By Max O'Connell | Indiewire February 20, 2014 at 1:53PM
Nearly three weeks after the death of Philip Seymour Hoffman, it's still difficult to grasp that we're living in a world where he's no longer able to grace the screen with his presence. His filmography is so wide, his impact so lasting that it's difficult to name a performer in recent memory with a comparable track record. Hoffman's friends and fellow artists certainly think so: not long after his "The Talented Mr. Ripley" co-star Cate Blanchett dedicated her BAFTA win to Hoffman, his friend and frequent collaborator Amy Adams has paid tribute to the late actor on her appearance this week on "Inside the Actors Studio," taped three days after Hoffman's passing.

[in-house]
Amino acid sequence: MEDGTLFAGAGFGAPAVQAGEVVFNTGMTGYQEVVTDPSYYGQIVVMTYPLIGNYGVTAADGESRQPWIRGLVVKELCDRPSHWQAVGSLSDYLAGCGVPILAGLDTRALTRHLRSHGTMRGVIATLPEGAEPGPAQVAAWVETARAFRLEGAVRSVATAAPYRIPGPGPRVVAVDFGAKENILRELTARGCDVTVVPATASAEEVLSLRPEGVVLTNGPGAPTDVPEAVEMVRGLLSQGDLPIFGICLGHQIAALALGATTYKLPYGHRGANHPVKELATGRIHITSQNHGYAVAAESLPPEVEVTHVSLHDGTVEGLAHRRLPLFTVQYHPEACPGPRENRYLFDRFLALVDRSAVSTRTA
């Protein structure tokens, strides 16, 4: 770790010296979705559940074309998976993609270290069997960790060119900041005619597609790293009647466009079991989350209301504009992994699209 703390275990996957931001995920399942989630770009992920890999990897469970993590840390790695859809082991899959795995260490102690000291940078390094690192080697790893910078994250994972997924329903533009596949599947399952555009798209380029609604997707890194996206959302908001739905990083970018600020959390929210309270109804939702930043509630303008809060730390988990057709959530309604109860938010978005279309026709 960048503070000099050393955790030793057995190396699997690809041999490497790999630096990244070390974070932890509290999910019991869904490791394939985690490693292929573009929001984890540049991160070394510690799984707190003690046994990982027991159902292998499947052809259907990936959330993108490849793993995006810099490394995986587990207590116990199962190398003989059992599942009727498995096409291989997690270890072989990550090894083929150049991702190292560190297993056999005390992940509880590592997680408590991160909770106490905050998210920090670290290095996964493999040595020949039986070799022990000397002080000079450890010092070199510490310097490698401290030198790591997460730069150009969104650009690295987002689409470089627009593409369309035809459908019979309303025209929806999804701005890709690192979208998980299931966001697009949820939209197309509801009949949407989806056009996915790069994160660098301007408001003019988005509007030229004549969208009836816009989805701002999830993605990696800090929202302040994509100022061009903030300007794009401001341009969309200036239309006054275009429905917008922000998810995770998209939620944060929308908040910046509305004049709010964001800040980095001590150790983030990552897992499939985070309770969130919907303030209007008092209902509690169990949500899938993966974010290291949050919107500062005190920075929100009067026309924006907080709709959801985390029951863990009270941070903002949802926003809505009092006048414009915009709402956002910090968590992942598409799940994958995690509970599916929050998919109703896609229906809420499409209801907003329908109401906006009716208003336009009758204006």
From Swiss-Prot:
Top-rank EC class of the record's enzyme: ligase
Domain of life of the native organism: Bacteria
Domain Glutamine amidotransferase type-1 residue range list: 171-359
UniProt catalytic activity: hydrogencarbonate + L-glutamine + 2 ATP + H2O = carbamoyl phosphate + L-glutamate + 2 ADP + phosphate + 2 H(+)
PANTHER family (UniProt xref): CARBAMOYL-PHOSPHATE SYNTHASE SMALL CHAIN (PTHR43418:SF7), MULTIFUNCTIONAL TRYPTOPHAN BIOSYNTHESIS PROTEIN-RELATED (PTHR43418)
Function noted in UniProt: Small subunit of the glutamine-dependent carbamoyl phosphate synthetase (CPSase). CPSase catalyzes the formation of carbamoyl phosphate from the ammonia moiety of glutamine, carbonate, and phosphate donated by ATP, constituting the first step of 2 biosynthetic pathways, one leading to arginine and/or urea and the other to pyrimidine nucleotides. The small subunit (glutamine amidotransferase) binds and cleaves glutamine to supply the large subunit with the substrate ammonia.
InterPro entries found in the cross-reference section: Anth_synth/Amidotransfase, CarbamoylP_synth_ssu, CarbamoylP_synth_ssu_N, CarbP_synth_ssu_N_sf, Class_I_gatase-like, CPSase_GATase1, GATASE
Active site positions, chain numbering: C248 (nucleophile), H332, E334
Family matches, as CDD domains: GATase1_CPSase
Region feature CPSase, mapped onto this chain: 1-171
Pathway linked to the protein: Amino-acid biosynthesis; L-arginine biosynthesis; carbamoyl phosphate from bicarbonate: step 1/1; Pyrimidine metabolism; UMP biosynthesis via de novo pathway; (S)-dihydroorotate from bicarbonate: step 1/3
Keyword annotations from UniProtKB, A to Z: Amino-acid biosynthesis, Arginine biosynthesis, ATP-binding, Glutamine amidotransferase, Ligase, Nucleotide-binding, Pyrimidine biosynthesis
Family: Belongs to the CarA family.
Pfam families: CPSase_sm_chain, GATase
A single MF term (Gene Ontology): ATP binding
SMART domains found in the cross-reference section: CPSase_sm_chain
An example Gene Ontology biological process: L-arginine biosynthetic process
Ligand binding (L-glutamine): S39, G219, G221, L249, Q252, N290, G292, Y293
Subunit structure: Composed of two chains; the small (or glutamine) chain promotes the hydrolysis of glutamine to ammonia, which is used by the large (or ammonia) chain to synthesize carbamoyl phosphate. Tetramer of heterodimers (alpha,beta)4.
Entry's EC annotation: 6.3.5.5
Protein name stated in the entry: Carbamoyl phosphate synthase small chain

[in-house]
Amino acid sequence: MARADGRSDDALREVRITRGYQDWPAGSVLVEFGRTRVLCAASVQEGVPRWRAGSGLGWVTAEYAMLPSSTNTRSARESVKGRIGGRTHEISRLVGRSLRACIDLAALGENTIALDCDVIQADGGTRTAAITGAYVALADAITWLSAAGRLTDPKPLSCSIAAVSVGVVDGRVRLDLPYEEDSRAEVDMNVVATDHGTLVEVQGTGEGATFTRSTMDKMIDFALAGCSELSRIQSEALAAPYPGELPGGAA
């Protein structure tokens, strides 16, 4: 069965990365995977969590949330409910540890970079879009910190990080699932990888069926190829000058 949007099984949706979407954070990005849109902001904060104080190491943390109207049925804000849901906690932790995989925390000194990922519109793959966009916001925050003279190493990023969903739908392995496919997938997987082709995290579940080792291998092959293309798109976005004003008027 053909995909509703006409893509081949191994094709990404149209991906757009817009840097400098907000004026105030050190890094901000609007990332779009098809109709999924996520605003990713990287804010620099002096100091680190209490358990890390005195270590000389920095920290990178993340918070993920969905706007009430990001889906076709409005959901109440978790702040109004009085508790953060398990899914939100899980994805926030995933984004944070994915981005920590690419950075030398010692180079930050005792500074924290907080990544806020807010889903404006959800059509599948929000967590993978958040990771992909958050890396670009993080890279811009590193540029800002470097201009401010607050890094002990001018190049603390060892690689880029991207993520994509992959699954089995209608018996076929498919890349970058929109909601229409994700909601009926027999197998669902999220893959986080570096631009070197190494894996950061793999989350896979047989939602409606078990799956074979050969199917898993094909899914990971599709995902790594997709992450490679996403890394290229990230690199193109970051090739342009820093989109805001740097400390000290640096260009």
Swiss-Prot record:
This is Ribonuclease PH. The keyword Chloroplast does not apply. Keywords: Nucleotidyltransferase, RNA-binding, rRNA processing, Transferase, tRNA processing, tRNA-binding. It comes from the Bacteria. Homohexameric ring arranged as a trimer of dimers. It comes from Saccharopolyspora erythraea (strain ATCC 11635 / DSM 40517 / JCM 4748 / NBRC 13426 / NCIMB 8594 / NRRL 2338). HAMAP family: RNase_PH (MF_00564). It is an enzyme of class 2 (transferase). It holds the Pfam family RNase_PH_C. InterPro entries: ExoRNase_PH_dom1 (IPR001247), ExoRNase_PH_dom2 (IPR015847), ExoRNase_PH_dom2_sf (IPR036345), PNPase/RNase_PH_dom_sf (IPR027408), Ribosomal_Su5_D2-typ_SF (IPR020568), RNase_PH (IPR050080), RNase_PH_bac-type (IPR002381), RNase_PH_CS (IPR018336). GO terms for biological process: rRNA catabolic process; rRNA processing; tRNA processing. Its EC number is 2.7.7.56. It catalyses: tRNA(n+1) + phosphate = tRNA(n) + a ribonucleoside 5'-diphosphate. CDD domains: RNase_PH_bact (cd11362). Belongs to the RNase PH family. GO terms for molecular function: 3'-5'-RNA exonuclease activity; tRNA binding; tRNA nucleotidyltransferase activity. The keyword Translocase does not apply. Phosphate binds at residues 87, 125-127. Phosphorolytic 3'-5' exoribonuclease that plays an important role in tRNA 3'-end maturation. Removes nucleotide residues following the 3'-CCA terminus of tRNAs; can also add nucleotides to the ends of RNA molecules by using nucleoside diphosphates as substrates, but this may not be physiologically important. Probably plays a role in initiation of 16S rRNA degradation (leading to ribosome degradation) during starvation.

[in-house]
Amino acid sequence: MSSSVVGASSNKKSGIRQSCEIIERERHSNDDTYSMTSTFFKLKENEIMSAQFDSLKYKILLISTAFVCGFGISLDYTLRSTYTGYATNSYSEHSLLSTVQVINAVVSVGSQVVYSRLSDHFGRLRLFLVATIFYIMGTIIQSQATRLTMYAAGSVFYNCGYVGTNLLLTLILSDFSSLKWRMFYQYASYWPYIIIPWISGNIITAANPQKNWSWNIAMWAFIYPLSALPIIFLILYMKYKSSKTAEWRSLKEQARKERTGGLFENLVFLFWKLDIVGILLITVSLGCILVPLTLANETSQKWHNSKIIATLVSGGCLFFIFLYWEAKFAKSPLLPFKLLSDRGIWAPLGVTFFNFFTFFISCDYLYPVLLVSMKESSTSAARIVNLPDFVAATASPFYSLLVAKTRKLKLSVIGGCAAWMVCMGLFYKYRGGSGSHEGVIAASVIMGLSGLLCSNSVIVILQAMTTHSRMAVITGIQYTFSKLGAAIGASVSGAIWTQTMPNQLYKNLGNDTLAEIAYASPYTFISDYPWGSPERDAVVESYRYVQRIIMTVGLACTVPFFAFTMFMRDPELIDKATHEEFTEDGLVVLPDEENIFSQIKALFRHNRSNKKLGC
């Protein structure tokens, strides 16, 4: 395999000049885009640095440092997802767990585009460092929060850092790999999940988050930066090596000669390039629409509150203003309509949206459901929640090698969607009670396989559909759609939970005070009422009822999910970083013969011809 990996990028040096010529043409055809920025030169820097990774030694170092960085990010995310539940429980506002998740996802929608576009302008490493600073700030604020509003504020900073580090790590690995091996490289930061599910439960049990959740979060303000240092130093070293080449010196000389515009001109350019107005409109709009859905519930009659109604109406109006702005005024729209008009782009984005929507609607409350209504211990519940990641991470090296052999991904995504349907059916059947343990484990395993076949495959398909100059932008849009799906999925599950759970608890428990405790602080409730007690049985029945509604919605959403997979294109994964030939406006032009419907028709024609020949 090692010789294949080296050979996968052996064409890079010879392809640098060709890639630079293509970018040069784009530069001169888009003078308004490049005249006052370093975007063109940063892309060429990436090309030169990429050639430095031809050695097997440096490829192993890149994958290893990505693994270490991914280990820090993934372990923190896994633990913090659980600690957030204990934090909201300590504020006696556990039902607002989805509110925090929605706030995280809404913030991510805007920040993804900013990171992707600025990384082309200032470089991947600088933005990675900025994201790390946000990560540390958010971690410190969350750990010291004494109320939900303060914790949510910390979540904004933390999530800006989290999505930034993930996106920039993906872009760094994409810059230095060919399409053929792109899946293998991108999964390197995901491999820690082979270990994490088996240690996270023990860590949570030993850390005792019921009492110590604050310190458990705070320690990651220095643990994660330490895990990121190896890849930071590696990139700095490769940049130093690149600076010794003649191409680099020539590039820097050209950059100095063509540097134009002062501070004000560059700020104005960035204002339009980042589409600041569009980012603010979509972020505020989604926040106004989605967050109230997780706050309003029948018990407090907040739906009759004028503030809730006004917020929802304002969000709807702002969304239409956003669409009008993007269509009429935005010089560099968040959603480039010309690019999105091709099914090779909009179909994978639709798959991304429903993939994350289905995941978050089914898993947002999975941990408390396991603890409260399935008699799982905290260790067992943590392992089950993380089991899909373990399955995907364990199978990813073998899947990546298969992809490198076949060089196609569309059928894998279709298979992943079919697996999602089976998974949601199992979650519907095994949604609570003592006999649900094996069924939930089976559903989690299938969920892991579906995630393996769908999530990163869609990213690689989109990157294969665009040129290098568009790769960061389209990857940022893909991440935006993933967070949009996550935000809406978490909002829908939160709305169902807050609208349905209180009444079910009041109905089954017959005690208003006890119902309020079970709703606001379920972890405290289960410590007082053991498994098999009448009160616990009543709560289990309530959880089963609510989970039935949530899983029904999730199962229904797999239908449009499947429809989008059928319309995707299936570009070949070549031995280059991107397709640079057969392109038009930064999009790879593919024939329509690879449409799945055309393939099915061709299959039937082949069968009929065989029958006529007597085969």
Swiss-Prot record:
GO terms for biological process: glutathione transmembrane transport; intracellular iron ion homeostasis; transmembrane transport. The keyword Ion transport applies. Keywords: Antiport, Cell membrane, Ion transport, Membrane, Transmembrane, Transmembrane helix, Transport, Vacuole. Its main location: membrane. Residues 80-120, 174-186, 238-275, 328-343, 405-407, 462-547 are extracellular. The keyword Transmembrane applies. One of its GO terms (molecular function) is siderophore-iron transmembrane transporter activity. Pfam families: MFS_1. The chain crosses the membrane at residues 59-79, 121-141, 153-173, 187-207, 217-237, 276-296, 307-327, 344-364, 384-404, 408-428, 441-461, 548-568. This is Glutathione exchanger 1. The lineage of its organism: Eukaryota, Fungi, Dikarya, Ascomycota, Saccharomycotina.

Adams had worked alongside Hoffman three times, in "Charlie Wilson's War," "Doubt," and "The Master," and was slated to co-star with Jake Gyllenhaal in Hoffman's sophomore directorial effort, "Ezekiel Moss." In the clip from "Inside the Actors Studio" below, she tearfully speaks of Hoffman's now-legendary graciousness and talent. "Gosh, I wish you all could get a chance to work with him," she said to the crowd of young actors. "The things that I value about actors -- there's talent, there's skill, but without work ethic, without that generosity of spirit to take people with you on your brilliant journey that you take... I's transformative."
It's a difficult video to watch, with even the superhumanly calm and measured Lipton seeming a bit shaken by the loss of Hoffman, but it's further proof of Hoffman's profound affect on those who worked with him. [Via The Playlist]